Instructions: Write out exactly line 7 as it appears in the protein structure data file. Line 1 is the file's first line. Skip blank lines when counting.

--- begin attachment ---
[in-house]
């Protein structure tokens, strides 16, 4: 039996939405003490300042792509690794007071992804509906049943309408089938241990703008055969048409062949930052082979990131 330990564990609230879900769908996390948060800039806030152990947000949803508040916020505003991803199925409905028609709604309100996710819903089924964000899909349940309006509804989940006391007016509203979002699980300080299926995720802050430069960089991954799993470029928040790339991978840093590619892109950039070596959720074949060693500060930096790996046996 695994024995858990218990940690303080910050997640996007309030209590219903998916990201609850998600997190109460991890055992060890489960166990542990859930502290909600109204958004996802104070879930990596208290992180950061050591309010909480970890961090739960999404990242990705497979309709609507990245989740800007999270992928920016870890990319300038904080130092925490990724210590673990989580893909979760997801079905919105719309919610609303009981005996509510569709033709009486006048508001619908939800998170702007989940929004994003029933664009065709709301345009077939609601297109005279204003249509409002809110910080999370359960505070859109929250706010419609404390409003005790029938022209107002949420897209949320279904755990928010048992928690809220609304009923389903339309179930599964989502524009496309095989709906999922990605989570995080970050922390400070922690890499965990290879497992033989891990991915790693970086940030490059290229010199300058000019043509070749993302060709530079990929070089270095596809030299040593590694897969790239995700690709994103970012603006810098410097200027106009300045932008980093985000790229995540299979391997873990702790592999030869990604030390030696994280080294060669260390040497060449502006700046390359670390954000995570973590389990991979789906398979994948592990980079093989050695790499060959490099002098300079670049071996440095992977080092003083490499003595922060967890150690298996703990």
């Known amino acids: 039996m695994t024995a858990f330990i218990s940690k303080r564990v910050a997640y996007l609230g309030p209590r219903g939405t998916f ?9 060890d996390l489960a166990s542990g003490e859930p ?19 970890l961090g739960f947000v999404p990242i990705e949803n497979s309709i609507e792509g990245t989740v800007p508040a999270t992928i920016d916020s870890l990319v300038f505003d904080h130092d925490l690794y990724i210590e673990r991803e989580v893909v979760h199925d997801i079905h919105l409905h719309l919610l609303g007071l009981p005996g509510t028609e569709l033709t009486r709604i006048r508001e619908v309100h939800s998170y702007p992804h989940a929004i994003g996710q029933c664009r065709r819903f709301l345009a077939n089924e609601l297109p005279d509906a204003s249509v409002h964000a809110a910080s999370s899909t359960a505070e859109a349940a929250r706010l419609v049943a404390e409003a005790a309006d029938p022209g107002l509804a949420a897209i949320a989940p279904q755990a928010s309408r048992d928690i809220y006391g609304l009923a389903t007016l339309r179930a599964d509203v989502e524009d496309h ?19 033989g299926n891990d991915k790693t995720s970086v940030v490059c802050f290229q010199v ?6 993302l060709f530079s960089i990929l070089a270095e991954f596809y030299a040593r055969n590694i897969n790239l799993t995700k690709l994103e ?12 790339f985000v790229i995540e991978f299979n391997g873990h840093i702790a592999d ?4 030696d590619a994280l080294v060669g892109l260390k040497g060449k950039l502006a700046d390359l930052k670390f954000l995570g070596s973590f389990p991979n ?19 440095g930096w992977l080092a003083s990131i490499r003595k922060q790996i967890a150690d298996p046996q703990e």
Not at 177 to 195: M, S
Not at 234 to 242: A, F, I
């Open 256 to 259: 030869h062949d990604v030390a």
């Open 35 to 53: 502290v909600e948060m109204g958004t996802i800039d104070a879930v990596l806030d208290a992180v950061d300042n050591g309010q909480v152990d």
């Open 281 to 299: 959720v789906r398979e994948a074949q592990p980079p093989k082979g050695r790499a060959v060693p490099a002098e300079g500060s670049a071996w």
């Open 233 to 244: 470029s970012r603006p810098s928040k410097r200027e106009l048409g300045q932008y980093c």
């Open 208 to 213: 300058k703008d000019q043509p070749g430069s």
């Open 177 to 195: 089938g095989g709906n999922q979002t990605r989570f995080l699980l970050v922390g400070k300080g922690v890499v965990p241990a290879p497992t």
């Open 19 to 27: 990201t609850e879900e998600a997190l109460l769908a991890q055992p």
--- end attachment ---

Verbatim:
């Open 35 to 53: 502290v909600e948060m109204g958004t996802i800039d104070a879930v990596l806030d208290a992180v950061d300042n050591g309010q909480v152990d």